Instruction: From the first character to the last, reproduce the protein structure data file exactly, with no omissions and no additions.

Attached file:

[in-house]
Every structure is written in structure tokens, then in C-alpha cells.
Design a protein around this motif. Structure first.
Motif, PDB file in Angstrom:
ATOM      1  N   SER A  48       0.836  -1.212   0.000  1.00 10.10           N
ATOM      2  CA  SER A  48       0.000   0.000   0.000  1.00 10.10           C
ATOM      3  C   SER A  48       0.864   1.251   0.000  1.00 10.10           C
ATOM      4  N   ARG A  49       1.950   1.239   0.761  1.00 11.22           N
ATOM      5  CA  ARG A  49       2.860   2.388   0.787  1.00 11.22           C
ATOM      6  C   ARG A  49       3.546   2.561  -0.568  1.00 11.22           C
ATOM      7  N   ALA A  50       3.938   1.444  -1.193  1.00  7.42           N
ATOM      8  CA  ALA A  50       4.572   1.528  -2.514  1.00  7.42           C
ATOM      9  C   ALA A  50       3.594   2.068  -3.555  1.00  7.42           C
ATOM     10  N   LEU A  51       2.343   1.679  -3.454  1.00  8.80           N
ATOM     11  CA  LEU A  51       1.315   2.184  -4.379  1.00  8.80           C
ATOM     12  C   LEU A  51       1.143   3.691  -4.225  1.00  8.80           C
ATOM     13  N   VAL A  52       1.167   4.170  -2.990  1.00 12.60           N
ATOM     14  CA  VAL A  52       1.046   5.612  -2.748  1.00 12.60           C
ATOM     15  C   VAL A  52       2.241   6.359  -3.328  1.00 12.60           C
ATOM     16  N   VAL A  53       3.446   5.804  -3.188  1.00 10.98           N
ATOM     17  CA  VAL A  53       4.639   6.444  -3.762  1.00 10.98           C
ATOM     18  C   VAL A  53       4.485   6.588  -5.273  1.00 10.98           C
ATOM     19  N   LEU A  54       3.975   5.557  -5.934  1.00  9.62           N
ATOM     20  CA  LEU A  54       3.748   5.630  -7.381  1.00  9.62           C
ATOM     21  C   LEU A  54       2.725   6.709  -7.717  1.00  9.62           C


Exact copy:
[in-house]
Every structure is written in structure tokens, then in C-alpha cells.
Design a protein around this motif. Structure first.
Motif, PDB file in Angstrom:
ATOM      1  N   SER A  48       0.836  -1.212   0.000  1.00 10.10           N
ATOM      2  CA  SER A  48       0.000   0.000   0.000  1.00 10.10           C
ATOM      3  C   SER A  48       0.864   1.251   0.000  1.00 10.10           C
ATOM      4  N   ARG A  49       1.950   1.239   0.761  1.00 11.22           N
ATOM      5  CA  ARG A  49       2.860   2.388   0.787  1.00 11.22           C
ATOM      6  C   ARG A  49       3.546   2.561  -0.568  1.00 11.22           C
ATOM      7  N   ALA A  50       3.938   1.444  -1.193  1.00  7.42           N
ATOM      8  CA  ALA A  50       4.572   1.528  -2.514  1.00  7.42           C
ATOM      9  C   ALA A  50       3.594   2.068  -3.555  1.00  7.42           C
ATOM     10  N   LEU A  51       2.343   1.679  -3.454  1.00  8.80           N
ATOM     11  CA  LEU A  51       1.315   2.184  -4.379  1.00  8.80           C
ATOM     12  C   LEU A  51       1.143   3.691  -4.225  1.00  8.80           C
ATOM     13  N   VAL A  52       1.167   4.170  -2.990  1.00 12.60           N
ATOM     14  CA  VAL A  52       1.046   5.612  -2.748  1.00 12.60           C
ATOM     15  C   VAL A  52       2.241   6.359  -3.328  1.00 12.60           C
ATOM     16  N   VAL A  53       3.446   5.804  -3.188  1.00 10.98           N
ATOM     17  CA  VAL A  53       4.639   6.444  -3.762  1.00 10.98           C
ATOM     18  C   VAL A  53       4.485   6.588  -5.273  1.00 10.98           C
ATOM     19  N   LEU A  54       3.975   5.557  -5.934  1.00  9.62           N
ATOM     20  CA  LEU A  54       3.748   5.630  -7.381  1.00  9.62           C
ATOM     21  C   LEU A  54       2.725   6.709  -7.717  1.00  9.62           C